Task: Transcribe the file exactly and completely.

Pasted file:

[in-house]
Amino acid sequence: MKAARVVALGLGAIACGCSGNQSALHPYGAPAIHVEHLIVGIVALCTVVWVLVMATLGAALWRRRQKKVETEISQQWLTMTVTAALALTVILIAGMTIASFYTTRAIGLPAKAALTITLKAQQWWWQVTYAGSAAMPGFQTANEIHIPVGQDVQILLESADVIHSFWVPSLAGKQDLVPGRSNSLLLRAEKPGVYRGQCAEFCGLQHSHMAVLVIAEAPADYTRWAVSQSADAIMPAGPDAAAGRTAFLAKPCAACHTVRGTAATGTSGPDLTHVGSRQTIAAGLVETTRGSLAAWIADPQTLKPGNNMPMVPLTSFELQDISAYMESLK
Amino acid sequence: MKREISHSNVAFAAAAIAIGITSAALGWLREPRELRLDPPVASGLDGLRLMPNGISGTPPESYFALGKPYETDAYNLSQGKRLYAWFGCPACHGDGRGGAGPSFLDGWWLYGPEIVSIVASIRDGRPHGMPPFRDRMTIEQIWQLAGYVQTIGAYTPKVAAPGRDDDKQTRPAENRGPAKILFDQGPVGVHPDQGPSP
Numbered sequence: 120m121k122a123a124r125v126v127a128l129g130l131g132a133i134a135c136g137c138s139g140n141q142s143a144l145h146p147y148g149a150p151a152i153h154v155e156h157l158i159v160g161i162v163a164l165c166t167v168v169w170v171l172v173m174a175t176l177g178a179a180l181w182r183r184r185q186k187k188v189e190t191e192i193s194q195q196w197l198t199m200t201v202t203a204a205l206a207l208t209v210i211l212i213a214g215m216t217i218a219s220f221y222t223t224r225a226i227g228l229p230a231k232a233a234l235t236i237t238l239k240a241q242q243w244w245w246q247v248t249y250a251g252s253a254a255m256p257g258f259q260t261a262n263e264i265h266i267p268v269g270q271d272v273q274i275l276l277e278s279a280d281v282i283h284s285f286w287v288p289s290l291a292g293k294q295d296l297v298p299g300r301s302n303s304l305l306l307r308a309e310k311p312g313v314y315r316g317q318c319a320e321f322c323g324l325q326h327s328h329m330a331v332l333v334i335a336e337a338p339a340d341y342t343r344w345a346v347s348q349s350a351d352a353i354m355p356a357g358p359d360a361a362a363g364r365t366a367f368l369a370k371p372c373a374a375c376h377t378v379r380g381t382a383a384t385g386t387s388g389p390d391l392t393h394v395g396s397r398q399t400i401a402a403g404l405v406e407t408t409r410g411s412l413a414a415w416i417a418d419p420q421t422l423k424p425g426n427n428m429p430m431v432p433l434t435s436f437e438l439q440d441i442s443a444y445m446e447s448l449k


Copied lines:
[in-house]
Amino acid sequence: MKAARVVALGLGAIACGCSGNQSALHPYGAPAIHVEHLIVGIVALCTVVWVLVMATLGAALWRRRQKKVETEISQQWLTMTVTAALALTVILIAGMTIASFYTTRAIGLPAKAALTITLKAQQWWWQVTYAGSAAMPGFQTANEIHIPVGQDVQILLESADVIHSFWVPSLAGKQDLVPGRSNSLLLRAEKPGVYRGQCAEFCGLQHSHMAVLVIAEAPADYTRWAVSQSADAIMPAGPDAAAGRTAFLAKPCAACHTVRGTAATGTSGPDLTHVGSRQTIAAGLVETTRGSLAAWIADPQTLKPGNNMPMVPLTSFELQDISAYMESLK
Amino acid sequence: MKREISHSNVAFAAAAIAIGITSAALGWLREPRELRLDPPVASGLDGLRLMPNGISGTPPESYFALGKPYETDAYNLSQGKRLYAWFGCPACHGDGRGGAGPSFLDGWWLYGPEIVSIVASIRDGRPHGMPPFRDRMTIEQIWQLAGYVQTIGAYTPKVAAPGRDDDKQTRPAENRGPAKILFDQGPVGVHPDQGPSP
Numbered sequence: 120m121k122a123a124r125v126v127a128l129g130l131g132a133i134a135c136g137c138s139g140n141q142s143a144l145h146p147y148g149a150p151a152i153h154v155e156h157l158i159v160g161i162v163a164l165c166t167v168v169w170v171l172v173m174a175t176l177g178a179a180l181w182r183r184r185q186k187k188v189e190t191e192i193s194q195q196w197l198t199m200t201v202t203a204a205l206a207l208t209v210i211l212i213a214g215m216t217i218a219s220f221y222t223t224r225a226i227g228l229p230a231k232a233a234l235t236i237t238l239k240a241q242q243w244w245w246q247v248t249y250a251g252s253a254a255m256p257g258f259q260t261a262n263e264i265h266i267p268v269g270q271d272v273q274i275l276l277e278s279a280d281v282i283h284s285f286w287v288p289s290l291a292g293k294q295d296l297v298p299g300r301s302n303s304l305l306l307r308a309e310k311p312g313v314y315r316g317q318c319a320e321f322c323g324l325q326h327s328h329m330a331v332l333v334i335a336e337a338p339a340d341y342t343r344w345a346v347s348q349s350a351d352a353i354m355p356a357g358p359d360a361a362a363g364r365t366a367f368l369a370k371p372c373a374a375c376h377t378v379r380g381t382a383a384t385g386t387s388g389p390d391l392t393h394v395g396s397r398q399t400i401a402a403g404l405v406e407t408t409r410g411s412l413a414a415w416i417a418d419p420q421t422l423k424p425g426n427n428m429p430m431v432p433l434t435s436f437e438l439q440d441i442s443a444y445m446e447s448l449k